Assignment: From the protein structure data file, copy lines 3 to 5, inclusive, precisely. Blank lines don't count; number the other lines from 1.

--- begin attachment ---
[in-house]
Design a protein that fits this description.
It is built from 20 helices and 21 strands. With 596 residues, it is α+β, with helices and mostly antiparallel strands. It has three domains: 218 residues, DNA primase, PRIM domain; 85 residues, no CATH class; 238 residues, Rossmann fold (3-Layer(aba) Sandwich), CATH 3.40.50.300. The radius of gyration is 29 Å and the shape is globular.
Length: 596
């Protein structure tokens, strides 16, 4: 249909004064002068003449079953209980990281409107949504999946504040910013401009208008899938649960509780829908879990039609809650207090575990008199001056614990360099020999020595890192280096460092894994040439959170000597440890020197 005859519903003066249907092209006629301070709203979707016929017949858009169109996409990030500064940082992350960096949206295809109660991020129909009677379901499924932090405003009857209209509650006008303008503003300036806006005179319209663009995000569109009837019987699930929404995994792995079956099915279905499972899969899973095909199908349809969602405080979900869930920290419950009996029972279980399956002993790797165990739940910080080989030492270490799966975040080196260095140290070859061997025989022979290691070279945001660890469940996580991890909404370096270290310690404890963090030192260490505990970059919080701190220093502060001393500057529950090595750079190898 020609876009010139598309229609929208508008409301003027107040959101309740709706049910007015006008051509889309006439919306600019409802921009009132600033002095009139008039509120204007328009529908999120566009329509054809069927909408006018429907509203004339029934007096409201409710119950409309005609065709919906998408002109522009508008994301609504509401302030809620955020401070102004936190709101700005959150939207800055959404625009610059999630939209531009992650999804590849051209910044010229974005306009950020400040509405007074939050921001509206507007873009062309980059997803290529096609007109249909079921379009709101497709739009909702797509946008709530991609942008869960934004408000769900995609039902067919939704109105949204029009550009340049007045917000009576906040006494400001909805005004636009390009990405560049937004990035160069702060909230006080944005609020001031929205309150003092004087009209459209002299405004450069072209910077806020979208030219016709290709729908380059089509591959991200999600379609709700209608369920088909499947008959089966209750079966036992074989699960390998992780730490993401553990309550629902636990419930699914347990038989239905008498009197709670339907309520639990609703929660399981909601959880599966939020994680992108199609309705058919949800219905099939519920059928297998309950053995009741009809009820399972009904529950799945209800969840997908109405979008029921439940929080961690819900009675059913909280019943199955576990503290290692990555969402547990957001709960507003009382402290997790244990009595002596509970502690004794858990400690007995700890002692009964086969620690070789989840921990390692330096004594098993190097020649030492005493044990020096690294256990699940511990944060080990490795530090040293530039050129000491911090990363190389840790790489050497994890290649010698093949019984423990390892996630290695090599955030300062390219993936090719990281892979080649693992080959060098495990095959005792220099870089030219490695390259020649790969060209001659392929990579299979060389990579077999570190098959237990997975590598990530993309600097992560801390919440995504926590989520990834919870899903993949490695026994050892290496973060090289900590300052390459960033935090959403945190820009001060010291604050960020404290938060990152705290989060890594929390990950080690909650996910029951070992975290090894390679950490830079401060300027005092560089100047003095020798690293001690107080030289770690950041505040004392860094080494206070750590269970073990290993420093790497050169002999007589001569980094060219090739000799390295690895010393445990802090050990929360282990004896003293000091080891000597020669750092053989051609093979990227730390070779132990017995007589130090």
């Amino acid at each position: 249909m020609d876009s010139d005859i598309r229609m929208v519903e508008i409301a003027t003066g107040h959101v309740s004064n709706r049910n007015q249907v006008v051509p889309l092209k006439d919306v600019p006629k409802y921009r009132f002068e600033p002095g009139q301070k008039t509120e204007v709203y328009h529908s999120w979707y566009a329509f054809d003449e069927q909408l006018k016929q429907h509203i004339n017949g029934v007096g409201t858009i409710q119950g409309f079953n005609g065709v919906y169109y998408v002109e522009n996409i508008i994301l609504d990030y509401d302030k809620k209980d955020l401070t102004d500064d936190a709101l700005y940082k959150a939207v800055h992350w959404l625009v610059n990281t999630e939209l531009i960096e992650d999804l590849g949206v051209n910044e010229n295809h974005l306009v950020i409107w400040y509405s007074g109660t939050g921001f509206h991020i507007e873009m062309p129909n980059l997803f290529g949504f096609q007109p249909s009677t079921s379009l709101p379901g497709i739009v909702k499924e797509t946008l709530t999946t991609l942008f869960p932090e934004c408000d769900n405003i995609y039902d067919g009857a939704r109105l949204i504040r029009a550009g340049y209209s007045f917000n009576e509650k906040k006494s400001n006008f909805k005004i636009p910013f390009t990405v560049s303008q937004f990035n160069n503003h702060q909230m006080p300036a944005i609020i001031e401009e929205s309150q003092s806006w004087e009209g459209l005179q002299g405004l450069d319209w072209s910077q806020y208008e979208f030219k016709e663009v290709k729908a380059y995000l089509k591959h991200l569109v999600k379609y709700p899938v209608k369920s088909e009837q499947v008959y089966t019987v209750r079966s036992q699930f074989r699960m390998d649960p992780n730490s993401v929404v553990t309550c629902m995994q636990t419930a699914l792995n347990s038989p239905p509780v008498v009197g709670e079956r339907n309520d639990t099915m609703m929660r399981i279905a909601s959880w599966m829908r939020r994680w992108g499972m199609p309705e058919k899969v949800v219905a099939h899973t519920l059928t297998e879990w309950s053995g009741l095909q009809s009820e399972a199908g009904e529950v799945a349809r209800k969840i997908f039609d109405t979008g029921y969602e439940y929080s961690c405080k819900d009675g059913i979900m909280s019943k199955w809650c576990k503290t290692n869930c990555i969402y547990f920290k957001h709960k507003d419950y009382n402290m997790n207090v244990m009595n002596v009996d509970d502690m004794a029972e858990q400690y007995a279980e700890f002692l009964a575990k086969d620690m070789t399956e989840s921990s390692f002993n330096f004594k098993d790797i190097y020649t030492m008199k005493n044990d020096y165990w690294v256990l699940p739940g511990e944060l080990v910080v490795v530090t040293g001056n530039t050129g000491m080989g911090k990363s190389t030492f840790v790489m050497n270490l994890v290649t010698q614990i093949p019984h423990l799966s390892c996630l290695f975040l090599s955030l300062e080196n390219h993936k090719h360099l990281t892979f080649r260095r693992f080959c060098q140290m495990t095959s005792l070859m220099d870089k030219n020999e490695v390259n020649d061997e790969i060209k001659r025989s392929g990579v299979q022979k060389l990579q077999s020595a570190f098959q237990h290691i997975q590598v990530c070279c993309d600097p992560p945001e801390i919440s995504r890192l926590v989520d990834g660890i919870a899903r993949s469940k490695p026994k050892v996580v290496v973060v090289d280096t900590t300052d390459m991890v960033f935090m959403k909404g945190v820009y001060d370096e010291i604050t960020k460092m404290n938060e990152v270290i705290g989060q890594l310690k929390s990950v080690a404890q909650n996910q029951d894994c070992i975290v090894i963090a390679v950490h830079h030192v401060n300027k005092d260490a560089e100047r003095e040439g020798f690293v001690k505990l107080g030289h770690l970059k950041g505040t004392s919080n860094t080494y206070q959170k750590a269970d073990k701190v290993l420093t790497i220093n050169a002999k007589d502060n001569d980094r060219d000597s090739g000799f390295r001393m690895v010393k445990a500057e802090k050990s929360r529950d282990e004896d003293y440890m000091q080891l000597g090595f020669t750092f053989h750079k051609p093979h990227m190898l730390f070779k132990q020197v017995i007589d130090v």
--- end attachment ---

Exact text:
It is built from 20 helices and 21 strands. With 596 residues, it is α+β, with helices and mostly antiparallel strands. It has three domains: 218 residues, DNA primase, PRIM domain; 85 residues, no CATH class; 238 residues, Rossmann fold (3-Layer(aba) Sandwich), CATH 3.40.50.300. The radius of gyration is 29 Å and the shape is globular.
Length: 596
């Protein structure tokens, strides 16, 4: 249909004064002068003449079953209980990281409107949504999946504040910013401009208008899938649960509780829908879990039609809650207090575990008199001056614990360099020999020595890192280096460092894994040439959170000597440890020197 005859519903003066249907092209006629301070709203979707016929017949858009169109996409990030500064940082992350960096949206295809109660991020129909009677379901499924932090405003009857209209509650006008303008503003300036806006005179319209663009995000569109009837019987699930929404995994792995079956099915279905499972899969899973095909199908349809969602405080979900869930920290419950009996029972279980399956002993790797165990739940910080080989030492270490799966975040080196260095140290070859061997025989022979290691070279945001660890469940996580991890909404370096270290310690404890963090030192260490505990970059919080701190220093502060001393500057529950090595750079190898 020609876009010139598309229609929208508008409301003027107040959101309740709706049910007015006008051509889309006439919306600019409802921009009132600033002095009139008039509120204007328009529908999120566009329509054809069927909408006018429907509203004339029934007096409201409710119950409309005609065709919906998408002109522009508008994301609504509401302030809620955020401070102004936190709101700005959150939207800055959404625009610059999630939209531009992650999804590849051209910044010229974005306009950020400040509405007074939050921001509206507007873009062309980059997803290529096609007109249909079921379009709101497709739009909702797509946008709530991609942008869960934004408000769900995609039902067919939704109105949204029009550009340049007045917000009576906040006494400001909805005004636009390009990405560049937004990035160069702060909230006080944005609020001031929205309150003092004087009209459209002299405004450069072209910077806020979208030219016709290709729908380059089509591959991200999600379609709700209608369920088909499947008959089966209750079966036992074989699960390998992780730490993401553990309550629902636990419930699914347990038989239905008498009197709670339907309520639990609703929660399981909601959880599966939020994680992108199609309705058919949800219905099939519920059928297998309950053995009741009809009820399972009904529950799945209800969840997908109405979008029921439940929080961690819900009675059913909280019943199955576990503290290692990555969402547990957001709960507003009382402290997790244990009595002596509970502690004794858990400690007995700890002692009964086969620690070789989840921990390692330096004594098993190097020649030492005493044990020096690294256990699940511990944060080990490795530090040293530039050129000491911090990363190389840790790489050497994890290649010698093949019984423990390892996630290695090599955030300062390219993936090719990281892979080649693992080959060098495990095959005792220099870089030219490695390259020649790969060209001659392929990579299979060389990579077999570190098959237990997975590598990530993309600097992560801390919440995504926590989520990834919870899903993949490695026994050892290496973060090289900590300052390459960033935090959403945190820009001060010291604050960020404290938060990152705290989060890594929390990950080690909650996910029951070992975290090894390679950490830079401060300027005092560089100047003095020798690293001690107080030289770690950041505040004392860094080494206070750590269970073990290993420093790497050169002999007589001569980094060219090739000799390295690895010393445990802090050990929360282990004896003293000091080891000597020669750092053989051609093979990227730390070779132990017995007589130090």